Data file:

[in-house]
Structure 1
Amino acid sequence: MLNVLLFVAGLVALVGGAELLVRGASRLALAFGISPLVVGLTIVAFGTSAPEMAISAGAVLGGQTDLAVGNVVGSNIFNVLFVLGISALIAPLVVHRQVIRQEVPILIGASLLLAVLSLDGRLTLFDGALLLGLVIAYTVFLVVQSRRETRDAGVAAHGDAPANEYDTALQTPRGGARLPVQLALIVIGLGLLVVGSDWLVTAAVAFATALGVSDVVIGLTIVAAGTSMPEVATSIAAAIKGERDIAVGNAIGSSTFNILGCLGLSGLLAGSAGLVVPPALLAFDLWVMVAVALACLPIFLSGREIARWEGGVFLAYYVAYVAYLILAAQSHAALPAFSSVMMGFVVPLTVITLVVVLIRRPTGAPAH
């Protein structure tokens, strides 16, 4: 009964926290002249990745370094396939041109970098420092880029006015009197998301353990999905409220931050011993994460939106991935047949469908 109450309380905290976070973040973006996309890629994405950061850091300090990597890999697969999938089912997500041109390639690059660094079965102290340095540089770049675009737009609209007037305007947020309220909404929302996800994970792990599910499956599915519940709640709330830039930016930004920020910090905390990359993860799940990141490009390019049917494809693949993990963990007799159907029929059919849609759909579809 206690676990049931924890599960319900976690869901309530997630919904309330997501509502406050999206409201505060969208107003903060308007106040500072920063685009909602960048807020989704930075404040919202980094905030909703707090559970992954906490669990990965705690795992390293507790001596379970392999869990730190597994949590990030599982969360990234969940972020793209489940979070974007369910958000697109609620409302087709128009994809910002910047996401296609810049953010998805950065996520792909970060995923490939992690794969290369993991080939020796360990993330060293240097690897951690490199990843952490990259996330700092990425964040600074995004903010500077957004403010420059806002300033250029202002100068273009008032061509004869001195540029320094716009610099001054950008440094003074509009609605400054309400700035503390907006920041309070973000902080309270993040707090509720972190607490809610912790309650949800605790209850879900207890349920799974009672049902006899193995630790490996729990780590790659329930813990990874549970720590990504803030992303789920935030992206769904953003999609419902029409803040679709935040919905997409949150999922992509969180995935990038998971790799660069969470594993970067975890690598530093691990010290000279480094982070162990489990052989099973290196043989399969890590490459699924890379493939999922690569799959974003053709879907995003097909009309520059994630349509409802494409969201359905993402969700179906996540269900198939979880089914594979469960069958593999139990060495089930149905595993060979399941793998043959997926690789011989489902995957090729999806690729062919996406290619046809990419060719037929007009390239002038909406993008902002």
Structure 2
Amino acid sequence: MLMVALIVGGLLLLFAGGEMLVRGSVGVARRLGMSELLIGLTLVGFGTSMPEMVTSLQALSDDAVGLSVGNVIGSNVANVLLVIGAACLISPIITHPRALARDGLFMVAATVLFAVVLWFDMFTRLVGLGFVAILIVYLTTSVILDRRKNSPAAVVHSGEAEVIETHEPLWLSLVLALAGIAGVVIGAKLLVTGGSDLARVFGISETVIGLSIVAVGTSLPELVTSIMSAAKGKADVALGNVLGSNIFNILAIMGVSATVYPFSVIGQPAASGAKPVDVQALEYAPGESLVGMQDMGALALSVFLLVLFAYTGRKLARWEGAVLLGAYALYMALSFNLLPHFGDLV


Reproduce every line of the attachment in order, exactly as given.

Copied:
[in-house]
Structure 1
Amino acid sequence: MLNVLLFVAGLVALVGGAELLVRGASRLALAFGISPLVVGLTIVAFGTSAPEMAISAGAVLGGQTDLAVGNVVGSNIFNVLFVLGISALIAPLVVHRQVIRQEVPILIGASLLLAVLSLDGRLTLFDGALLLGLVIAYTVFLVVQSRRETRDAGVAAHGDAPANEYDTALQTPRGGARLPVQLALIVIGLGLLVVGSDWLVTAAVAFATALGVSDVVIGLTIVAAGTSMPEVATSIAAAIKGERDIAVGNAIGSSTFNILGCLGLSGLLAGSAGLVVPPALLAFDLWVMVAVALACLPIFLSGREIARWEGGVFLAYYVAYVAYLILAAQSHAALPAFSSVMMGFVVPLTVITLVVVLIRRPTGAPAH
């Protein structure tokens, strides 16, 4: 009964926290002249990745370094396939041109970098420092880029006015009197998301353990999905409220931050011993994460939106991935047949469908 109450309380905290976070973040973006996309890629994405950061850091300090990597890999697969999938089912997500041109390639690059660094079965102290340095540089770049675009737009609209007037305007947020309220909404929302996800994970792990599910499956599915519940709640709330830039930016930004920020910090905390990359993860799940990141490009390019049917494809693949993990963990007799159907029929059919849609759909579809 206690676990049931924890599960319900976690869901309530997630919904309330997501509502406050999206409201505060969208107003903060308007106040500072920063685009909602960048807020989704930075404040919202980094905030909703707090559970992954906490669990990965705690795992390293507790001596379970392999869990730190597994949590990030599982969360990234969940972020793209489940979070974007369910958000697109609620409302087709128009994809910002910047996401296609810049953010998805950065996520792909970060995923490939992690794969290369993991080939020796360990993330060293240097690897951690490199990843952490990259996330700092990425964040600074995004903010500077957004403010420059806002300033250029202002100068273009008032061509004869001195540029320094716009610099001054950008440094003074509009609605400054309400700035503390907006920041309070973000902080309270993040707090509720972190607490809610912790309650949800605790209850879900207890349920799974009672049902006899193995630790490996729990780590790659329930813990990874549970720590990504803030992303789920935030992206769904953003999609419902029409803040679709935040919905997409949150999922992509969180995935990038998971790799660069969470594993970067975890690598530093691990010290000279480094982070162990489990052989099973290196043989399969890590490459699924890379493939999922690569799959974003053709879907995003097909009309520059994630349509409802494409969201359905993402969700179906996540269900198939979880089914594979469960069958593999139990060495089930149905595993060979399941793998043959997926690789011989489902995957090729999806690729062919996406290619046809990419060719037929007009390239002038909406993008902002």
Structure 2
Amino acid sequence: MLMVALIVGGLLLLFAGGEMLVRGSVGVARRLGMSELLIGLTLVGFGTSMPEMVTSLQALSDDAVGLSVGNVIGSNVANVLLVIGAACLISPIITHPRALARDGLFMVAATVLFAVVLWFDMFTRLVGLGFVAILIVYLTTSVILDRRKNSPAAVVHSGEAEVIETHEPLWLSLVLALAGIAGVVIGAKLLVTGGSDLARVFGISETVIGLSIVAVGTSLPELVTSIMSAAKGKADVALGNVLGSNIFNILAIMGVSATVYPFSVIGQPAASGAKPVDVQALEYAPGESLVGMQDMGALALSVFLLVLFAYTGRKLARWEGAVLLGAYALYMALSFNLLPHFGDLV